Each year in the United States, at least 2 million people become infected with bacteria that are resistant to antibiotics and at least 23,000 people die each year as a direct result of these infections. Many more people die from other conditions that were complicated by an antibiotic-resistant infection.

Only government research supported by tax dollars is likely to solve such large problems. The purpose of good government is to act in the interest of the common good. This is their raison d’être.

But private corporations answer to their shareholders—profit is their only concern. Need evidence? 1) Consider that while tobacco killed millions over decades, the tobacco industry actively covered up the problem since tobacco was a profitable product. But government slowly exposed the problem by placing constraints on the sale of tobacco and publicizing it as a public health hazard. 2) Consider that after decades of polluting the air, earth, and water, only the creation of the EPA stemmed the tide, successfully enacting measures to clean up the environment. 3) Consider the deadly effects of leaded gasoline, lead paint, and other lead products. Again industry profited, people died, and government saved us. Today, as global climate change proceeds unabated, fossil fuels companies and their allies again lie and deceive. And why not? It is profitable to burn fossil fuels. Only governmental power is likely to stop the ruination our fragile climate.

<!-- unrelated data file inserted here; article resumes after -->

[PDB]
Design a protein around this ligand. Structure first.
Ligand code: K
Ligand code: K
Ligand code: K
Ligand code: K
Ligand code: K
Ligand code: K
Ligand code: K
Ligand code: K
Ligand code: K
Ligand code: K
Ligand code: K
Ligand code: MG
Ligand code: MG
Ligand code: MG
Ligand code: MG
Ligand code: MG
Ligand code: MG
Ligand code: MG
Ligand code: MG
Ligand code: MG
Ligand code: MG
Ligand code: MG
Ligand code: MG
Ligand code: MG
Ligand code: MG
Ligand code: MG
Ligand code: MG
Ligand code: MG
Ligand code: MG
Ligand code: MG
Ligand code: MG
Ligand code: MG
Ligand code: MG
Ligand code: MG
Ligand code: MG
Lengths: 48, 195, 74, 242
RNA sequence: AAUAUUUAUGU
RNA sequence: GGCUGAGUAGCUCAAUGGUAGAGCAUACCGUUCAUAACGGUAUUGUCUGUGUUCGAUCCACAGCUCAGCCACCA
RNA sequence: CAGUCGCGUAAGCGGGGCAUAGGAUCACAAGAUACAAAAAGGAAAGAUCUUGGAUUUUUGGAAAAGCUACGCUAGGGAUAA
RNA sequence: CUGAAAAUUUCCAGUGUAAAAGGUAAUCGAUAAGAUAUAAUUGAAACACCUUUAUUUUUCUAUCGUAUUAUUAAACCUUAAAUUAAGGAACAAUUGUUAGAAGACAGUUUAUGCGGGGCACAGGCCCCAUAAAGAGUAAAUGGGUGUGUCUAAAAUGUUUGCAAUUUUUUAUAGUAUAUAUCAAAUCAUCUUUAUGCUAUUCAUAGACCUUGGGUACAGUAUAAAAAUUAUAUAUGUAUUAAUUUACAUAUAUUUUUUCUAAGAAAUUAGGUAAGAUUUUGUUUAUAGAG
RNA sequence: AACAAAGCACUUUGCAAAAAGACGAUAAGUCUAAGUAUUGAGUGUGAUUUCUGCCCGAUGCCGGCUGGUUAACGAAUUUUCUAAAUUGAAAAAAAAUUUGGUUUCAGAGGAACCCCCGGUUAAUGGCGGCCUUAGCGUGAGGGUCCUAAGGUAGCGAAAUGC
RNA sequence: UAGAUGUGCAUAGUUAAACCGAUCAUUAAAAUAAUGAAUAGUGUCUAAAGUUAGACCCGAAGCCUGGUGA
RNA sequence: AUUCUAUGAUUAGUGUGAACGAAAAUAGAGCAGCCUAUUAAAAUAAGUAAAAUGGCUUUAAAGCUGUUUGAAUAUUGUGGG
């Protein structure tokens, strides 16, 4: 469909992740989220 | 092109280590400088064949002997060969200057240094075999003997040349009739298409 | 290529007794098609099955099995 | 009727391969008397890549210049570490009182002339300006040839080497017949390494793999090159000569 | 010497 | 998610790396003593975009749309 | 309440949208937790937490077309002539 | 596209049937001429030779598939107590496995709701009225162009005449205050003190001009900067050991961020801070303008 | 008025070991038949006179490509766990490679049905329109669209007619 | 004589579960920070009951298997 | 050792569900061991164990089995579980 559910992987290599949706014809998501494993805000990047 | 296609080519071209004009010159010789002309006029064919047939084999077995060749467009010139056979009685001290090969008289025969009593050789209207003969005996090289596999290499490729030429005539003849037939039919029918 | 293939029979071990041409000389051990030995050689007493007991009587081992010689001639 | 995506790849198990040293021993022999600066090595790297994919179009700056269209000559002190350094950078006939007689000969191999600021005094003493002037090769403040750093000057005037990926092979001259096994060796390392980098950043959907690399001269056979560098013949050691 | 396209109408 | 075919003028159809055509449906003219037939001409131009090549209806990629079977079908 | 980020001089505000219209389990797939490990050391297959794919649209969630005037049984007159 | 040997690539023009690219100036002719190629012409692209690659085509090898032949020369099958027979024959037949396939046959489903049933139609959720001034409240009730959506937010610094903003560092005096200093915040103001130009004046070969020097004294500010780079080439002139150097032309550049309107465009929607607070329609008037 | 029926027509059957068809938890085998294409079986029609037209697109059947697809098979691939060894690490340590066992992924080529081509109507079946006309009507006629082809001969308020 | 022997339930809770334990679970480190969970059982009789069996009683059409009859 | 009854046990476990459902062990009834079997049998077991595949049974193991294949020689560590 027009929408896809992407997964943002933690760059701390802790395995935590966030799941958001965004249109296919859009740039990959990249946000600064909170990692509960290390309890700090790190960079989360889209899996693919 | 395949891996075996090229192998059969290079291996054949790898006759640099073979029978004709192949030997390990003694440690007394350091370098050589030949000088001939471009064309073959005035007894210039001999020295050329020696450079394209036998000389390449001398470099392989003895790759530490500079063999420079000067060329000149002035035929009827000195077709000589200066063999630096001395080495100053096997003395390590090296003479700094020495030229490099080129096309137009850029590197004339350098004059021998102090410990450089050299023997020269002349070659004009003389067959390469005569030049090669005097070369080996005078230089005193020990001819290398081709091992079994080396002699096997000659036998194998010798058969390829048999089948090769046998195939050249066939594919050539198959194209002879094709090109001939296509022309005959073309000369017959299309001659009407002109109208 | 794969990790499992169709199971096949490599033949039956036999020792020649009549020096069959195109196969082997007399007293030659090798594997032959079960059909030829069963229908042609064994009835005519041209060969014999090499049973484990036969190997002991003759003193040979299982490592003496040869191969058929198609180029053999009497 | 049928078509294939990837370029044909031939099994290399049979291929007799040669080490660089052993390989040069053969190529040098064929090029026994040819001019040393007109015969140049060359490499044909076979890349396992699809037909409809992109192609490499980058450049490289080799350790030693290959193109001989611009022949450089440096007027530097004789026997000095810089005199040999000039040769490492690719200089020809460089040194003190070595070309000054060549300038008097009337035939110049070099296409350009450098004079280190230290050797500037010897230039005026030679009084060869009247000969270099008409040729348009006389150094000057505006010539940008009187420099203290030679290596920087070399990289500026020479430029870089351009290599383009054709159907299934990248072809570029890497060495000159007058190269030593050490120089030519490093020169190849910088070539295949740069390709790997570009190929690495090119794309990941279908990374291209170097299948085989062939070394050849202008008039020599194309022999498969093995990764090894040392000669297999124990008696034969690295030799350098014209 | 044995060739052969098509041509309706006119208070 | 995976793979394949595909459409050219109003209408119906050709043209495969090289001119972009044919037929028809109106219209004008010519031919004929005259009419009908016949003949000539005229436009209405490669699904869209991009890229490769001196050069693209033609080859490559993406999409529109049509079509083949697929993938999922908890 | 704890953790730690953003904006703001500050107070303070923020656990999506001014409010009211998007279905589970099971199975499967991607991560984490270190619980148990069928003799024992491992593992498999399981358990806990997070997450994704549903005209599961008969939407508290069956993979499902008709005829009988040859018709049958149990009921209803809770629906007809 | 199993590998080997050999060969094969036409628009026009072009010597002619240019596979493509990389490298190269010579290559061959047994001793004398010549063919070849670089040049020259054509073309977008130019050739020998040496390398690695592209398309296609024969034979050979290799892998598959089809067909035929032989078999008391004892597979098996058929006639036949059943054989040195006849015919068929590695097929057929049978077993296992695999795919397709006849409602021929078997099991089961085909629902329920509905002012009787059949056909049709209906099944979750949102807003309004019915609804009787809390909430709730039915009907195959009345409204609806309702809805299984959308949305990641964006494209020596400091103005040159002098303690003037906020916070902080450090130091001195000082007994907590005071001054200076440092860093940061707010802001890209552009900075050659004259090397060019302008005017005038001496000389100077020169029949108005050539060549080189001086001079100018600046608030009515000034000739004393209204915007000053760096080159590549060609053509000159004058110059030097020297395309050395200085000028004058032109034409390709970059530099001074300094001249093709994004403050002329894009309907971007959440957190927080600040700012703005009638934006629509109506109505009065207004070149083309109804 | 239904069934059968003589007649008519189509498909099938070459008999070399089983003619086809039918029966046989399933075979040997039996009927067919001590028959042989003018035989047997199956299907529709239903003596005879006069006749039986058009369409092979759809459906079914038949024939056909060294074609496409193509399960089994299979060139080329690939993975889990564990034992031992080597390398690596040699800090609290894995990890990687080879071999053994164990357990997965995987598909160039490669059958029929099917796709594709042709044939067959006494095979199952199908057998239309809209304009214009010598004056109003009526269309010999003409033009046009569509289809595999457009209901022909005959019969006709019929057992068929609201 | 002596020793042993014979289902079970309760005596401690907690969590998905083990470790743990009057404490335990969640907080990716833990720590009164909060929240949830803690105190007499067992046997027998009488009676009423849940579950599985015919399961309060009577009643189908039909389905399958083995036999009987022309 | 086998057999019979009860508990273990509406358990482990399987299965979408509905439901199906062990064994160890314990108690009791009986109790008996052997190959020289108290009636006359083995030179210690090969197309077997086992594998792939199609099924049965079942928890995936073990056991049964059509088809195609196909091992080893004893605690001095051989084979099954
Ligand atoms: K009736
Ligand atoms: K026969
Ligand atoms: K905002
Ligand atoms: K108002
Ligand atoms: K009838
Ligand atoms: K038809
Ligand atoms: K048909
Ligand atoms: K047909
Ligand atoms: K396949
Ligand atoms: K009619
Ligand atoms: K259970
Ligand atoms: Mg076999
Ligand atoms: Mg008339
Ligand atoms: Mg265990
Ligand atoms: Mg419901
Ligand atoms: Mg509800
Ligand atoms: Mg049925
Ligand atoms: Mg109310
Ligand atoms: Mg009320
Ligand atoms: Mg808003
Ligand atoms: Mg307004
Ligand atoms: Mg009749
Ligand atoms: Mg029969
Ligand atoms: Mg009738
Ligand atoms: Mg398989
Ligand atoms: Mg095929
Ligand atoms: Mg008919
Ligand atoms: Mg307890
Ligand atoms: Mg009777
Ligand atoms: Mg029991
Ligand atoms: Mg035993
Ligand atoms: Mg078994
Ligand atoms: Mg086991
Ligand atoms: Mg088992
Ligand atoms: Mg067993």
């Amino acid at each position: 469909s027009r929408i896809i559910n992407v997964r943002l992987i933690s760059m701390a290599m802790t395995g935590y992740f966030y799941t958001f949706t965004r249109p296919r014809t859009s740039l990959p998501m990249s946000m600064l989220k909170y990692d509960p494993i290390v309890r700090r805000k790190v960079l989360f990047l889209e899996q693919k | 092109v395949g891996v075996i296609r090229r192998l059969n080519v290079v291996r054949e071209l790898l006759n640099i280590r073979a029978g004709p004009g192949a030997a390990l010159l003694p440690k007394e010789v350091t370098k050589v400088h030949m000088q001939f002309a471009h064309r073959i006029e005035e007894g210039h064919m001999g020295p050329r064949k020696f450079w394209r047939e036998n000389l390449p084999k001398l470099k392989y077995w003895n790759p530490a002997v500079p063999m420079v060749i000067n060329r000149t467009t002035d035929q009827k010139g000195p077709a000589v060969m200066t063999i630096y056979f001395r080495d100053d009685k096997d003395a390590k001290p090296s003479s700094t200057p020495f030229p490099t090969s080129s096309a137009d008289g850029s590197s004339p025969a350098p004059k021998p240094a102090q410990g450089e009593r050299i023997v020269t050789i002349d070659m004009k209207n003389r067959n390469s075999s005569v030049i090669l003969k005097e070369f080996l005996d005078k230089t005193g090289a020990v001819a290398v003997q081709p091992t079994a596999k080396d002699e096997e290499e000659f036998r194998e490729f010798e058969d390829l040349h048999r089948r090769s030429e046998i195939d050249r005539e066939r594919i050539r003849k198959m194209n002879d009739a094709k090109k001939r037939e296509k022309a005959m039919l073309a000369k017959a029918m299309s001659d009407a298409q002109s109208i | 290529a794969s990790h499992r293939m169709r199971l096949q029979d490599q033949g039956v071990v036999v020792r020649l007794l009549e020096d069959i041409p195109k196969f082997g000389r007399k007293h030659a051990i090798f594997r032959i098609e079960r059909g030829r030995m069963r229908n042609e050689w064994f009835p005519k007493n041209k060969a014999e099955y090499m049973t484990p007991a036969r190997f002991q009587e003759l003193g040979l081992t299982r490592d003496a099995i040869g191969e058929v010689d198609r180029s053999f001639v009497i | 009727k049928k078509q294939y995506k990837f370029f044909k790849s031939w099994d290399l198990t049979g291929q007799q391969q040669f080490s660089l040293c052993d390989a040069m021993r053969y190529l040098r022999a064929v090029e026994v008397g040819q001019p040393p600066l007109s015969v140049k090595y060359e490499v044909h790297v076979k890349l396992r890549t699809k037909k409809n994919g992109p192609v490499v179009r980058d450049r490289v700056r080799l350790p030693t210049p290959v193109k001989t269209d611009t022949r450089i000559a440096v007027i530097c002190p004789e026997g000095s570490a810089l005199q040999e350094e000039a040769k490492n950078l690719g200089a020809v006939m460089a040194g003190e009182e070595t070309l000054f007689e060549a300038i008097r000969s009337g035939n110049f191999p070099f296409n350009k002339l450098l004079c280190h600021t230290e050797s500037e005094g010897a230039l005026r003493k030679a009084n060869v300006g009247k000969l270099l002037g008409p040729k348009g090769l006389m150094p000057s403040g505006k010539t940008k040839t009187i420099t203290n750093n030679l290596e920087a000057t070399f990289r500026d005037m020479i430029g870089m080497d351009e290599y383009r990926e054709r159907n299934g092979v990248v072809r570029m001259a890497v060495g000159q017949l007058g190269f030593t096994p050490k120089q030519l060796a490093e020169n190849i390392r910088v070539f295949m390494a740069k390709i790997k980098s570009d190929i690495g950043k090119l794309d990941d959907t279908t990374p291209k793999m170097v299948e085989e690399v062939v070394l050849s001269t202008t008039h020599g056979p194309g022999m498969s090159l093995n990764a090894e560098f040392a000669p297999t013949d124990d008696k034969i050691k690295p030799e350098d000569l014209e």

From an economic standpoint, even larger steps are probably needed including the creation of a new economic system or at least serious changes to our current one. Politically we needed more global cooperation or we should grant intergovernmental bodies like the IPCC or UN more power to make states comply with international law. The fact is that many problems we confront today cross international borders.

So thanks PBS for an informative documentary. It wasn’t profitable to investigate this for a small audience, and without adequate public funds you are forced to beg for money, but this broadcast performed a great public service. Thanks “public broadcasting system.”

Note – The NY Times published this op-ed about the documentary.

Good Books about the Future

These are books about the future that I recommend. For more information click on one of the links below. (**Books that especially influenced me.)

• Michael Bess ~ Our Grandchildren Redesigned: Life in the Bioengineered Society …
• Russell Blackford ~ Humanity Enhanced: Genetic Choice and the Challenge for …
• John Brockman ~ The Next Fifty Years: Science in the First Half of the …
• Damien Broderick ~ ** The Spike: How Our Lives Are Being Transformed By Rapidly …
• Chris Gray ~ Cyborg Citizen: Politics in the Posthuman Age
• Michio Kaku ~ ** Visions: How Science Will Revolutionize the 21st Century
 • Jaron Lanier ~ You Are Not a Gadget: A Manifesto
• Jaron Lanier ~ Who Owns the Future?
• John Maddox ~ What Remains to Be Discovered: Mapping the Secrets of the Universe …
• Martin Rees ~ ** Our Final Hour: A Scientist’s Warning
• More & Vita-More ~  The Transhumanist Reader: Classical and Contemporary…
• Gregory Stock ~ Redesigning Humans: Choosing our genes, changing our future
• David Wood ~ Anticipating Tomorrow’s Politics